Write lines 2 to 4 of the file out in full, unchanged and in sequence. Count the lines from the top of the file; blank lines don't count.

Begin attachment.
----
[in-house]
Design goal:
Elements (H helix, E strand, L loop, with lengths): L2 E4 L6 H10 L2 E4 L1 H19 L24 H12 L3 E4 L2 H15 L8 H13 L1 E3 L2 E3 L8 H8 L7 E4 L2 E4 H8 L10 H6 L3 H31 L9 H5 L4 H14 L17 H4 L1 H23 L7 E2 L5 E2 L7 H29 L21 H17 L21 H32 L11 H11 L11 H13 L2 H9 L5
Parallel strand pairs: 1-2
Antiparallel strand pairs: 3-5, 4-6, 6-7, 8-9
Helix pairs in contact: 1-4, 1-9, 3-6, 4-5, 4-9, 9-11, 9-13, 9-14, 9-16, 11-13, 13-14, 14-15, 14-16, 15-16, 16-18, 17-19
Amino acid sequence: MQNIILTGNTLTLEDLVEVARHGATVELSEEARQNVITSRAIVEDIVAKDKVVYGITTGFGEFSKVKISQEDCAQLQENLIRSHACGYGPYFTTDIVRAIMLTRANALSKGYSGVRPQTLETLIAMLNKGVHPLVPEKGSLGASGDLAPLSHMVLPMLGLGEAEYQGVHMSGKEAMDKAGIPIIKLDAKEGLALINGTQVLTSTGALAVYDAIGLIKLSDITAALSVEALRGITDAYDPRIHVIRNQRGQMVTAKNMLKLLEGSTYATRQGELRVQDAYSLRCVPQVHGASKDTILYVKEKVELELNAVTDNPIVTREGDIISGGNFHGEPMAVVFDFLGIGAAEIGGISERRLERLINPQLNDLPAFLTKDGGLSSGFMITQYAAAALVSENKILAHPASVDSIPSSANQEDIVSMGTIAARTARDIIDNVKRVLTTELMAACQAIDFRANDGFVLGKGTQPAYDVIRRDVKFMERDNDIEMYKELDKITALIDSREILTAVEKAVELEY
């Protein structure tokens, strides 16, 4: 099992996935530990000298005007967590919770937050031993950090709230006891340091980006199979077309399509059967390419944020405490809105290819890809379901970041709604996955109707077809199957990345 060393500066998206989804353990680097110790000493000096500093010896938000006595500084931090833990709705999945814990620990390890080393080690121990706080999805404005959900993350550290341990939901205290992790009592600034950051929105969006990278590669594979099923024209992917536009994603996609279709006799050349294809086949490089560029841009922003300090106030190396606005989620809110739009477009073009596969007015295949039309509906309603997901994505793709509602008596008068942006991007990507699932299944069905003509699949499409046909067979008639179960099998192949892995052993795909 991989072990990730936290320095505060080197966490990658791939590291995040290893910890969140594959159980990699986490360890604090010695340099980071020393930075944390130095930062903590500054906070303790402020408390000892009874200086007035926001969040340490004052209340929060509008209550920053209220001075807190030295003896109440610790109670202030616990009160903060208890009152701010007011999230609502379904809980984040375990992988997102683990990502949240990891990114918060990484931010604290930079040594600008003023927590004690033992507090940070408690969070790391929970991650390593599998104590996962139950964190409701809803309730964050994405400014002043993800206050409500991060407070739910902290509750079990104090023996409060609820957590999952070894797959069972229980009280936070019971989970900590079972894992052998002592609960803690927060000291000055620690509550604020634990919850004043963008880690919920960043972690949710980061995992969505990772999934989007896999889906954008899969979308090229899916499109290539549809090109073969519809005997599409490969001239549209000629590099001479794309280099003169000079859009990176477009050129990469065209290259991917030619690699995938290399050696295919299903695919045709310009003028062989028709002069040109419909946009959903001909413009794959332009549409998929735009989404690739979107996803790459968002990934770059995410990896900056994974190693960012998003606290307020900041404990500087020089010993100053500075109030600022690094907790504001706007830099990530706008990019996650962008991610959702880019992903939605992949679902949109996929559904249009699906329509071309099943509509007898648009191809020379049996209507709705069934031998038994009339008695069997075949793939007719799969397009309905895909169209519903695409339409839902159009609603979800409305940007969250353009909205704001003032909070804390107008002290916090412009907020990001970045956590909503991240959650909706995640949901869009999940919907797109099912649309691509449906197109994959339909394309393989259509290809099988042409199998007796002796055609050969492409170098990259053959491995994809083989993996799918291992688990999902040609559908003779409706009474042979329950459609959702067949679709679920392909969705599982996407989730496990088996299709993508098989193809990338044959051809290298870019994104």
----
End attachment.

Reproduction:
Design goal:
Elements (H helix, E strand, L loop, with lengths): L2 E4 L6 H10 L2 E4 L1 H19 L24 H12 L3 E4 L2 H15 L8 H13 L1 E3 L2 E3 L8 H8 L7 E4 L2 E4 H8 L10 H6 L3 H31 L9 H5 L4 H14 L17 H4 L1 H23 L7 E2 L5 E2 L7 H29 L21 H17 L21 H32 L11 H11 L11 H13 L2 H9 L5
Parallel strand pairs: 1-2